A 22-year-old woman who was nearly killed in a car crash two years ago is speaking out about the horrific incident and her gruelling recovery process.
Gina Arnold, of Macomb, Michigan, was driving home from work in the rain in October 2017 when she lost control of her vehicle and flipped over seven times before slamming into a tree, she told Inside Edition.
Although the Northern Michigan University student was saved by her seatbelt, the life-saving device caused her permanent injuries when it sliced deeply through her stomach.
"It cut my whole abdominal wall like a sword," she recalled.
Following the "freak accident," in which Ms Arnold suffered several broken bones and lacerations, she was rushed to the hospital, where she remained in a coma for three days, People reports.
She has since undergone 21 surgeries, including one on December 3, 2018, in which surgeons at Beaumont Hospital placed mesh where Ms Arnold's abdominal wall used to be during a rare, eight-hour procedure.
After intense physical therapy, Ms Arnold says, she is able to walk again and accomplish tasks she thought would be impossible, like kick a soccer ball.
She remains limited in her abilities, however, and remains unable to lift over 6.8 kg or stand for long periods of time. Because of this, she had to give up her aspirations of becoming a nurse.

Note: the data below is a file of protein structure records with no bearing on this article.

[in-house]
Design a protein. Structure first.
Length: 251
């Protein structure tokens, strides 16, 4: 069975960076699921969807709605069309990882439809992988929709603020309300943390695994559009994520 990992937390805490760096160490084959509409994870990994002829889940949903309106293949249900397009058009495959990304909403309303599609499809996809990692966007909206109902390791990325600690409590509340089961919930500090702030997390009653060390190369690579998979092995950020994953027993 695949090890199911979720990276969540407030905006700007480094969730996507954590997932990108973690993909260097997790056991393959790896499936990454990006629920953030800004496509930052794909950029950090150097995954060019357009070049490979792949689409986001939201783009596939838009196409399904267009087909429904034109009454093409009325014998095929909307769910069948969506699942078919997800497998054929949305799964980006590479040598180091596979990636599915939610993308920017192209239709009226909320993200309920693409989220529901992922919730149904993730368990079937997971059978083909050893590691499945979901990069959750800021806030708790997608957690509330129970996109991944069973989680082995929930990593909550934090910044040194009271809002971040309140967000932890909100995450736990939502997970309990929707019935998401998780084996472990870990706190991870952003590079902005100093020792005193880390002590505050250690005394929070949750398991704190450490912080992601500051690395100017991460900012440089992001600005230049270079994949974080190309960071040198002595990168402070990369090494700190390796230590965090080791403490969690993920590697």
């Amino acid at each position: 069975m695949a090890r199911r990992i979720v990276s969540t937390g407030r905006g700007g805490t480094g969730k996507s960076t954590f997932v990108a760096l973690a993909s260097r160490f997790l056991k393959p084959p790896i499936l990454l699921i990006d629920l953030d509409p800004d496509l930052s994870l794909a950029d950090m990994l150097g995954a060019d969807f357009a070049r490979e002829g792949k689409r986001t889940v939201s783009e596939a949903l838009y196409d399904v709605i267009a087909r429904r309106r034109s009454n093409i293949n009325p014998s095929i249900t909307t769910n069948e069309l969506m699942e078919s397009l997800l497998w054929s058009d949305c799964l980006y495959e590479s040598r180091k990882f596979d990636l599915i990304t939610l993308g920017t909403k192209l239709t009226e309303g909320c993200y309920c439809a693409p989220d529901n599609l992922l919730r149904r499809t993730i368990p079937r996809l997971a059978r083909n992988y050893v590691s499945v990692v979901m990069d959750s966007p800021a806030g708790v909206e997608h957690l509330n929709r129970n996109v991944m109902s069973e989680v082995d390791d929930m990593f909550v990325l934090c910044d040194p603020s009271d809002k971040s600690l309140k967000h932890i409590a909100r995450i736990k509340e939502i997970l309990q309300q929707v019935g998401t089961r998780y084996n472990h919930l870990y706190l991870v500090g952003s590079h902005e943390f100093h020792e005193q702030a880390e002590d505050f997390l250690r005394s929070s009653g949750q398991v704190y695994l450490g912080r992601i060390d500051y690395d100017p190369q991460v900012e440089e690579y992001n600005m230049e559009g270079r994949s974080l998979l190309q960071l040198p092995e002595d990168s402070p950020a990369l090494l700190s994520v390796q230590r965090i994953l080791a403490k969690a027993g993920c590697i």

Though Ms Arnold is "grateful that [the seatbelt] saved my life," she says the chronic pain and issues she's had to deal with since the accident took her by surprise.
"When I left the hospital ... I wasn’t expecting to be in constant pain every single day," Ms Arnold told People.
"It was really frustrating being a 21-year-old and not being able to do the things a 21-year-old could do. I had the energy of a 90-year-old.
“I definitely had my days when I was extremely down. But I went to therapy and I kept reminding myself, 'I'm alive, something good is going to come out of this.' I tried to keep my spirits up."
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